Gospels

Jesus’ seizure of the Herodian palace in Tiberias and the first revolutionary staff meeting in it

Jesus’ seizure of the Herodian palace in Tiberias and the first revolutionary staff meeting in it

In the blog article Jesus’ house in the gospel of Mark is the Herodian palace in Tiberias I tried to show that Mark’s four mentions of Jesus’ οἶκος (oikos – house) are not about his private dwelling but about the Herodian palace in Tiberias.

Below I will discuss the second mention of this palace in Mark 3:20, the reaction of Jesus’ family and of a Jerusalem delegation on the event described in verse 20, and finally the Binding the strong man fragment in the following verses (23-27). I will try to demonstrate that these passages are closely related to the initial event and that they assist in decoding it.
The Nestle-Aland translation of this pericope goes as follows (my subdivision):

(20) Then he [Jesus] went home; and the crowd came together again, so that they could not even eat.

(21) And when his family heard it, they went out to seize him, for people were saying, “He is beside himself.”

(22) And the scribes who came down from Jerusalem said, “He is possessed by Beelzebul, and by the prince of demons he casts out demons.”

(23) And he called them to him, and said to them in parables, “How can Satan cast out Satan? (24) If a kingdom is divided against itself, that kingdom cannot stand. (25) And if a house is divided against itself, that house will not be able to stand. (26) And if Satan has risen up against himself and is divided, he cannot stand, but is coming to an end. (27) But no one can enter a strong man’s house and plunder his goods, unless he first binds the strong man; than indeed he may plunder his house.

In the blog article mentioned above I showed that in verse 20 Jesus went to the Herodian palace and that his army assembled there. In the next verse Jesus’ family strongly disapproves this action. They want to restrain Jesus and they label his action as foolish. This is a first indication that Jesus and his men may not have been making an uneventful walk to the palace.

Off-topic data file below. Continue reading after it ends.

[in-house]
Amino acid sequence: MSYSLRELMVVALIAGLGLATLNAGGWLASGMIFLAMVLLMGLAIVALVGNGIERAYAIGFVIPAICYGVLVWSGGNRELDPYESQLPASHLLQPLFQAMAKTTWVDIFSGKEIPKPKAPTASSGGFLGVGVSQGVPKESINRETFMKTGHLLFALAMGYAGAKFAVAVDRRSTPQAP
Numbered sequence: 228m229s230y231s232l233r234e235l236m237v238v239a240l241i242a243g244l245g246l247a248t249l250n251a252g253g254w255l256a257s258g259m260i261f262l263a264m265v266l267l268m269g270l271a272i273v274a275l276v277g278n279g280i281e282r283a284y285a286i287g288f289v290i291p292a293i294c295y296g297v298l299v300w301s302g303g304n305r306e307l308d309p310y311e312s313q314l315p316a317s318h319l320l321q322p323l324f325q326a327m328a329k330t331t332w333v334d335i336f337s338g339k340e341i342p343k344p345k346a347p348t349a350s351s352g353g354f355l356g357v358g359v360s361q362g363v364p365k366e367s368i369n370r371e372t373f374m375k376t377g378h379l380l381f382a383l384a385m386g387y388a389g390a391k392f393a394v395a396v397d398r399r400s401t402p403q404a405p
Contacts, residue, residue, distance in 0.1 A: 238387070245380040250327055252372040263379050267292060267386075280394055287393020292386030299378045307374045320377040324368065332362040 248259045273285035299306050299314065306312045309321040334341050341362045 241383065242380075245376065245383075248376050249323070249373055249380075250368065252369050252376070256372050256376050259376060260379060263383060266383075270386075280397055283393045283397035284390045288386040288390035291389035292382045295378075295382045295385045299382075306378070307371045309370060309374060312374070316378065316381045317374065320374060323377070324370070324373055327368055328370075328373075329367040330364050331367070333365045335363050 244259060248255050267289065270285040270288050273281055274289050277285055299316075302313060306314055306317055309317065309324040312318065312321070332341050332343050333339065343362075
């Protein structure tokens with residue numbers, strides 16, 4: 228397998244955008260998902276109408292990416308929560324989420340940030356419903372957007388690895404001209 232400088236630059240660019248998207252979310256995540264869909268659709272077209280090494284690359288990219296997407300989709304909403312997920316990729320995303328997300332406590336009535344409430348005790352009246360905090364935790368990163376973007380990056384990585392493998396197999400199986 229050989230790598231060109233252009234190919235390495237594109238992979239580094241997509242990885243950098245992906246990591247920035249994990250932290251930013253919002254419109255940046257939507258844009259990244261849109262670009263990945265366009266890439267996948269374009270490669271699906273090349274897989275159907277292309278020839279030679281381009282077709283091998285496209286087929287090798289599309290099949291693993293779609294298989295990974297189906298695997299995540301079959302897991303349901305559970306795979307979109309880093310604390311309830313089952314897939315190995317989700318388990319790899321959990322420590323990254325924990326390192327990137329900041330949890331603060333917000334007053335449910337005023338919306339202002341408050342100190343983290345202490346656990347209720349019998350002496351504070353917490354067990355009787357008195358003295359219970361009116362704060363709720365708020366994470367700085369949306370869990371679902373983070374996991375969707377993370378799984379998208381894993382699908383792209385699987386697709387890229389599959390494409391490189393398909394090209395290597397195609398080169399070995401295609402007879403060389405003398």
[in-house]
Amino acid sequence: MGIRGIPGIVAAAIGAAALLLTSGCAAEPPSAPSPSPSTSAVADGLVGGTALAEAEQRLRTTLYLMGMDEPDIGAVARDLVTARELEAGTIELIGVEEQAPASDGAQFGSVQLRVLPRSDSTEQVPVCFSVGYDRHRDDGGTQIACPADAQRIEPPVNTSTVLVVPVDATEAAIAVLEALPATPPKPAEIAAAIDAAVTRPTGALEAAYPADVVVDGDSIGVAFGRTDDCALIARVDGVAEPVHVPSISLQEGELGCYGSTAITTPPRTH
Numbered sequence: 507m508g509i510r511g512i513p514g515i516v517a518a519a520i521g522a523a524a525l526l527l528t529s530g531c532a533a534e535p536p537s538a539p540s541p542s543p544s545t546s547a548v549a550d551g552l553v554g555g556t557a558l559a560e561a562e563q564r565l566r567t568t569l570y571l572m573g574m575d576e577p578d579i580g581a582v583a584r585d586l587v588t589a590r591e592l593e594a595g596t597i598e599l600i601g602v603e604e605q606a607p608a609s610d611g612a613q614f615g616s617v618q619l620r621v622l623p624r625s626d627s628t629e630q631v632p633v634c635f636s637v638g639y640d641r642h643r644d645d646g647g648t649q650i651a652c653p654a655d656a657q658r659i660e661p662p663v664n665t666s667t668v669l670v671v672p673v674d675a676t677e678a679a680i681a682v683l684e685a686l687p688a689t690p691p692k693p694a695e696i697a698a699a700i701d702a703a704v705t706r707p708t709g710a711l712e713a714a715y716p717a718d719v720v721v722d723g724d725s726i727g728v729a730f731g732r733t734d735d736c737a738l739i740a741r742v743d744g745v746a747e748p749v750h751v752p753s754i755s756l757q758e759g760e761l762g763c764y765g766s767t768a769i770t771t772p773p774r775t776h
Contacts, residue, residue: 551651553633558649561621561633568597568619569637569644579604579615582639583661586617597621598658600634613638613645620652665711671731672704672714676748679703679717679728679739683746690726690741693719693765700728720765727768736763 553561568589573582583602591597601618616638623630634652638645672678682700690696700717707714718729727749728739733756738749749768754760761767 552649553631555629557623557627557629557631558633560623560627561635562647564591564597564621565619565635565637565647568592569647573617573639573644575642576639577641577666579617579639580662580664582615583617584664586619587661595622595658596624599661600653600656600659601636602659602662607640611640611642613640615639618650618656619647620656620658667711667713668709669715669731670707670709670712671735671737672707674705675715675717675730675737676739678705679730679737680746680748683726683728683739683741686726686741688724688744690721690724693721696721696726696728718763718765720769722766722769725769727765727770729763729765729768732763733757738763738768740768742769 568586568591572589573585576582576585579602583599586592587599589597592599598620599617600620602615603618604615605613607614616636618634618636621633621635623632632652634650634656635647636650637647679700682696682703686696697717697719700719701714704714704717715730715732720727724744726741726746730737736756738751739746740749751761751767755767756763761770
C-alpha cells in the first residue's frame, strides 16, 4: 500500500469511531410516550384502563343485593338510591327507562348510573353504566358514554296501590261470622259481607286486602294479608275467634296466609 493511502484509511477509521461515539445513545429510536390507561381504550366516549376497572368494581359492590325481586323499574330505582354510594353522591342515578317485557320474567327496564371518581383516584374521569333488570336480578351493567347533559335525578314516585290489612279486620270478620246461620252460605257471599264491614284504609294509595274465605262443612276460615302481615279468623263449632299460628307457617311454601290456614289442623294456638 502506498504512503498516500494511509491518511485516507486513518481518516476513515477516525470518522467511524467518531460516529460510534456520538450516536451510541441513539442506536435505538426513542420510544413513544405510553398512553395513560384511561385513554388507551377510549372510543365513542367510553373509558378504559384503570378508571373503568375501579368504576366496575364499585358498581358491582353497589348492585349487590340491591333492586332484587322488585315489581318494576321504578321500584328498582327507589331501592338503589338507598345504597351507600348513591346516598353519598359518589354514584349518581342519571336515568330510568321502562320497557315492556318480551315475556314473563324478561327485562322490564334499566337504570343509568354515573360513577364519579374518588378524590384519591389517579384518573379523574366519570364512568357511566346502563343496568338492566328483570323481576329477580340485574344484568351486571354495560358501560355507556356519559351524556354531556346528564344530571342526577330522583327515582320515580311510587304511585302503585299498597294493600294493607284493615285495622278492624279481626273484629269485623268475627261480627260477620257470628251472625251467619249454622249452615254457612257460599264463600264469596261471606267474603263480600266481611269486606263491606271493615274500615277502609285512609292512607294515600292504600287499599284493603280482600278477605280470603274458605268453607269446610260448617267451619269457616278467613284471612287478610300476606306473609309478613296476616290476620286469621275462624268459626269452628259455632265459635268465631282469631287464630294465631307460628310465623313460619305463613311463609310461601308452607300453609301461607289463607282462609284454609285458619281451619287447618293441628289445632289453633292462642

In Life verse 65 Josephus describes Jesus son of Saphat’s seizure of the Herodian palace and, parallel with Mark 3:23, a delegation from Jerusalem is involved. The delegation in Life is headed by Josephus, who by his own account was a Pharisee, which is synonymous to scribe. (Moreover the version in Matthew 12:24 gives ‘Pharisees’). Josephus reports the following on his involvement in the occupation of the Herodian palace: I told them [the council and the principal men of Tiberias] that I and my associates had been commissioned by the Jerusalem assembly for the seizure of the palace erected by Herod the tetrarch. (…) We were, however, anticipated in our task by Jesus son of Sapphias, the ringleader of the sailors and destitute class.
How far-fetched it may look at first sight, maybe verse 22 is also a commentary on Jesus and his men marching against the palace. The first step in that direction is a translation issue. The Nestle-Aland translation says that Jesus was possessed by Beelzebul, but the Greek tense is active (Βεελζεβοὺλ ἔχει – Beelzebul echei), which means He [Jesus] possesses Beelzebul, or in a military context He occupies Beelzebul. This gentile deity is cryptically presented as the ruler of the demons, and in combination with the traditional translation ‘being possessed’ a supermundane atmosphere is suggested, the more as Satan is introduced further on in this fragment. However, given the military nature of the preceding and the following verses (see below), a superterrestrial intermezzo is improbable.
In the gospels the gentile Syrian inhabitants of Galilee are called unclean spirits or demons, and so ‘ruler of the demons’ may be the encoded term for an earthly ruler of the epoch. With the staging of an earthly, political Satan in the next verses, we should look at a ruler who qualifies as ruler of the Syrian inhabitants of Galilee. We do not have to search very far. In 61 CE Herod Agrippa II had become the client ruler of eastern Galilee, and as the Jews saw the Herodians as Hellenistic and not as Jewish kings, the ruler of the Syrians is Agrippa II, alias Beelzebul. Mentioning Beelzebul’s palace would have exposed Jesus and his men as marching against that palace in verse 20, and thereby have cancelled the encoding of the whole fragment. Therefore not the palace is mentioned but its owner (and moreover its owner in disguise) in combination with the verb for ‘to possess/to occupy’, to say that Jesus had captured the Herodian palace. This seems to be an example of a sophisticated two-stage disguise.

Proceeding on this revolutionary avenue, the Pharisees comment that Jesus casted out the demons ἐν τῳ ἄρχοντι τῶν δαιμωνίων (en tōi archonti tōn daimoniōn) which is traditionally translated as ‘by the prince of the demons’. If Beelzebul, the ruler of the demons, is the code for his palace, we should translate the Greek ἐν (en) not as ‘by’ but as ‘from within, from inside’. The plain message of this verse could be that Jesus seized the Herodian palace and that he hunted the Syrians from inside that palace, we could say from inside their own palace. In a situation of high ethnic tension between the Jewish and Syrian inhabitants of Galilee this method was an important supplementary provocation that fueled the civil war.